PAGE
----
Last September, FinCEN adopted the first rule on the reporting requirements and, in December, it published a draft rule for data access.

However, the work has faced several delays amid resource struggles and heavy lobbying by banks against the proposals.

In its February submission to the consultation, the American Bankers Association (ABA) called the access rule “fatally flawed”, which has “limited, if any,” value to banks because it narrows down access to the register too much.

For instance, banks would not be able to run open-ended queries and money service businesses would be barred from accessing the database.

This stands in stark contrast with the New York bill, which would make the database publicly searchable.

However, the LLC Transparency Act would be more limited than the federal requirement in terms of the scope of reporting entities.

It would require only New York-registered LLCs to report their beneficial owners, while the federal obligation applies to domestic and foreign corporations, LLCs and any entities that are registered to do business in any state by filing a document with a secretary of state.

First beneficial ownership register in the US

The LLC Transparency Act would come into effect within one year of the governor signing it into law.

This timeline indicates that New York’s database will likely be the first of its kind in the US, which means “New York is setting a new standard for transparency in the United States”, according to Gallagher.

Meanwhile, state legislators in California have also filed two similar bills this year which suggests other states might follow suit.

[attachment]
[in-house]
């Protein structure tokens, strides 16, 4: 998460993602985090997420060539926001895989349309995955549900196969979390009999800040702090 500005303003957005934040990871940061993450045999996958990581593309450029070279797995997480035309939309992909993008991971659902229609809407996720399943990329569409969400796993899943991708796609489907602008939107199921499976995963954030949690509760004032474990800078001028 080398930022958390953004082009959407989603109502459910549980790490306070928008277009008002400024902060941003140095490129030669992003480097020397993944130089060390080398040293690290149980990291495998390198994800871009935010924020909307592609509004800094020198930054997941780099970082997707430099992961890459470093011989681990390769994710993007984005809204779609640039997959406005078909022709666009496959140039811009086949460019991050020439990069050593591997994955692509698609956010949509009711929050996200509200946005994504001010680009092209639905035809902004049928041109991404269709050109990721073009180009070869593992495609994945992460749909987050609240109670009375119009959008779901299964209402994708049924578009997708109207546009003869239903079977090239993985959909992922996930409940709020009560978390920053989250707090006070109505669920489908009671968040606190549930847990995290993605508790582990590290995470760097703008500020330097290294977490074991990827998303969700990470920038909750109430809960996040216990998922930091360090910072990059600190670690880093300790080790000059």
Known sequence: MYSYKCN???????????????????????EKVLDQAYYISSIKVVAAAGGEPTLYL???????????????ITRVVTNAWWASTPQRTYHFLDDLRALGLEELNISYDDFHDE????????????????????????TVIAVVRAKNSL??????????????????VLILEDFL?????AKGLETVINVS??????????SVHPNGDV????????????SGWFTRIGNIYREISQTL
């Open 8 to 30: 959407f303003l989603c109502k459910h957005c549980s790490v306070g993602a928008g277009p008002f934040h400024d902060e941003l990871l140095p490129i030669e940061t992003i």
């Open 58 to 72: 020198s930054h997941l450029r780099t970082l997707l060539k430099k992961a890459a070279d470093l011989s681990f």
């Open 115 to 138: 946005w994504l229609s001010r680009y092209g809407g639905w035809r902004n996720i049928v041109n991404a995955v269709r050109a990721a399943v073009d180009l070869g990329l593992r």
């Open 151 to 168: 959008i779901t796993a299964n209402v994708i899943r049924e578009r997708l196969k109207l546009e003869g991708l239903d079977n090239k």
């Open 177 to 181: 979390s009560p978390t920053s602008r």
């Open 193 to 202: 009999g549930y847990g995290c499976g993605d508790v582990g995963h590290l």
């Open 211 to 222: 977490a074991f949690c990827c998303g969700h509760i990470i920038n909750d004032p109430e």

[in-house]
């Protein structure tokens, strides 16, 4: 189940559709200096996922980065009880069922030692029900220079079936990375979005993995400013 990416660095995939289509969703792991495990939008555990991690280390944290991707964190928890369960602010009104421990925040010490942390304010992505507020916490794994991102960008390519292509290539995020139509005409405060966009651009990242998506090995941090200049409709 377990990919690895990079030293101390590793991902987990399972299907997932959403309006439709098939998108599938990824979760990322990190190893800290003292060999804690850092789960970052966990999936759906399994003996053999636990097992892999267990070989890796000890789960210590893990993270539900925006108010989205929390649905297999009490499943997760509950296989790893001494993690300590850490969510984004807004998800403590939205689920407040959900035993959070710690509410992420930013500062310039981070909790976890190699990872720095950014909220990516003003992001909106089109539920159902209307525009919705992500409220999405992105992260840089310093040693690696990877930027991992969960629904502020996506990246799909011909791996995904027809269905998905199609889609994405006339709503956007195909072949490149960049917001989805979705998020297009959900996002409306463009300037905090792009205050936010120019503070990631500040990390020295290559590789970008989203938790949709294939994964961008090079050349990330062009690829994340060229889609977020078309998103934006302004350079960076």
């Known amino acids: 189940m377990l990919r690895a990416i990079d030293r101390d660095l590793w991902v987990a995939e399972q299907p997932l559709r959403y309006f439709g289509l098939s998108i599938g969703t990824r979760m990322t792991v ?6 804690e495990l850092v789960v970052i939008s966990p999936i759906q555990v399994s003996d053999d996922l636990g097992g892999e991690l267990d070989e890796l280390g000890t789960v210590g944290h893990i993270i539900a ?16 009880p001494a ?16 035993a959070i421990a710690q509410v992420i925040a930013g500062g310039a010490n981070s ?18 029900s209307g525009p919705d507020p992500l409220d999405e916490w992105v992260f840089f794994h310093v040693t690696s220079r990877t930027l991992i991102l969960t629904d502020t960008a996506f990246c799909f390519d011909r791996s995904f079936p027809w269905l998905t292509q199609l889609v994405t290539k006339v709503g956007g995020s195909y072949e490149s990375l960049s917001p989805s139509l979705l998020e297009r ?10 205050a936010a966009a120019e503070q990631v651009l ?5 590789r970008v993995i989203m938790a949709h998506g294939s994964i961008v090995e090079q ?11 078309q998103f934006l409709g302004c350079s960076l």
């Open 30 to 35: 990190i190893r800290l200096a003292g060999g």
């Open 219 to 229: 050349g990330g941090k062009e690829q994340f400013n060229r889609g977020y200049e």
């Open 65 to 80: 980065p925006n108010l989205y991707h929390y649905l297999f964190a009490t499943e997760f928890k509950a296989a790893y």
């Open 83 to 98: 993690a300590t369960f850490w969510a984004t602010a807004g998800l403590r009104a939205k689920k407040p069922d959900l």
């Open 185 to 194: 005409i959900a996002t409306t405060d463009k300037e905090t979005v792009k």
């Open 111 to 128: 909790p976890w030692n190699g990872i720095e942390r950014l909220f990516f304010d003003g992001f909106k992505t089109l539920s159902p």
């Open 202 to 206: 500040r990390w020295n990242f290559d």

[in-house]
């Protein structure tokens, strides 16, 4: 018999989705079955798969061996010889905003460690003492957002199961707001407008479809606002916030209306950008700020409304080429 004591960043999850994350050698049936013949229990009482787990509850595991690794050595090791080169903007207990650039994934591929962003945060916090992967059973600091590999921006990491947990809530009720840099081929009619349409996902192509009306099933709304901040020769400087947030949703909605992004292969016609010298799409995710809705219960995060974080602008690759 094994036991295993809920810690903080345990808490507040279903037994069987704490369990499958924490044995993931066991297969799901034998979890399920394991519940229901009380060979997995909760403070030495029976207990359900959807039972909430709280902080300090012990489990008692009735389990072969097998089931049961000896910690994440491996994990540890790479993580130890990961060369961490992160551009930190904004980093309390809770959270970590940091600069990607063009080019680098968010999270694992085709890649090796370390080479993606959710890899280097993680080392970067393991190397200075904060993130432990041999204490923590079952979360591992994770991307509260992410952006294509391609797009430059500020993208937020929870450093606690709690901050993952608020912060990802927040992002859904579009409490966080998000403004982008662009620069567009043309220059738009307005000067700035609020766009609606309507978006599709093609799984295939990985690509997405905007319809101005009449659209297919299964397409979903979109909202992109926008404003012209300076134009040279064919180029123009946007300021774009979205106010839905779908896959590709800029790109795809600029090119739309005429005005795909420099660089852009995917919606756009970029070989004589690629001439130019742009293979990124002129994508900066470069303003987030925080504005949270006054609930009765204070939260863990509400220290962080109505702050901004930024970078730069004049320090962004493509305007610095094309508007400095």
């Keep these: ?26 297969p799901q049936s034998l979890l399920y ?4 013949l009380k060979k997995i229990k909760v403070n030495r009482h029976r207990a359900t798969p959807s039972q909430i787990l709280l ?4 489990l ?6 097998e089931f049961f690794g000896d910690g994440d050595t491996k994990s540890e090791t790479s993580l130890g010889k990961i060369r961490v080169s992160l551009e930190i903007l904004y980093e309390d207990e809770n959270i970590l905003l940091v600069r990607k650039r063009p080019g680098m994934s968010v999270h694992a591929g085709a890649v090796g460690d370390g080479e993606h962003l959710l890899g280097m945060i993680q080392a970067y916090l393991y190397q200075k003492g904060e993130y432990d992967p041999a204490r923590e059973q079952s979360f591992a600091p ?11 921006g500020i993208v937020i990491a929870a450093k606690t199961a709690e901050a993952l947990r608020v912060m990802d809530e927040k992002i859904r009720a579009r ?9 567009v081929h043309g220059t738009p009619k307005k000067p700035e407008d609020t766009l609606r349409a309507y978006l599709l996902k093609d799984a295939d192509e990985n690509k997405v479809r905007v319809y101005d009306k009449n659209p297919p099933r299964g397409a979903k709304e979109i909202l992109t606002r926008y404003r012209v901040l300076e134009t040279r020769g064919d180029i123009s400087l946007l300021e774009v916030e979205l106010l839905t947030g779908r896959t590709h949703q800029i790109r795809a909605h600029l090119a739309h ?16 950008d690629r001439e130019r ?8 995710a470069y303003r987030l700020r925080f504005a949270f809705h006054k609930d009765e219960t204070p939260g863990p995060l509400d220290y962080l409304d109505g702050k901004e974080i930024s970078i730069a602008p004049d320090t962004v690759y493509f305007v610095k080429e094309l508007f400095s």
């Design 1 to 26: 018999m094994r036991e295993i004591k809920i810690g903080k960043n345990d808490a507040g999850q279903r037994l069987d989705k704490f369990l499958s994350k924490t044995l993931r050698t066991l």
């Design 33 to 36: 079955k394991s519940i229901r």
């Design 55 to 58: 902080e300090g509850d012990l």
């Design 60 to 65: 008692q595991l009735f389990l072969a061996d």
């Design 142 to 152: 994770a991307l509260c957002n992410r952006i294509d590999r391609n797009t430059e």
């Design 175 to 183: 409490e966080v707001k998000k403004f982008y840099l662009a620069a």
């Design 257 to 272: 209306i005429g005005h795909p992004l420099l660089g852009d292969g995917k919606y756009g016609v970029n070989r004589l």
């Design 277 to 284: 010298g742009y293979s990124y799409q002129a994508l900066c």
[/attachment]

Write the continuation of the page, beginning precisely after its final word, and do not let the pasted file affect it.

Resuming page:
One of the bills would require foreign corporations registered in the state to disclose the name, address and email address of their beneficial owners. Beneficial owners are defined as those that directly or indirectly own 50 percent or more stake in a company.

The other bill, called the LLC Owner Transparency Act, would require LLCs and similar corporate entities to register the name of each person with substantial control over the entity, both upon creation and upon making required biennial filings.

Although the Financial Action Task Force began recommending that nations adopt beneficial ownership transparency laws in 2003, it took more than a decade for countries to implement such registers.

In 2016, the UK became the first country to create a publicly searchable register of beneficial owners of corporations, followed by the EU in 2018, although the latter has now had to row back.

Together with the US, there are now more than 120 countries around the world that have committed to disclosing beneficial ownership and more than 40 have already established registers, according to the Open Ownership advocacy group.

Our premium content is available to users of our services.

To view articles, please Log-in to your account, or sign up today for full access:

Opt in to hear about webinars, events, industry and product news

To find out more about Vixio, contact us today
No items found.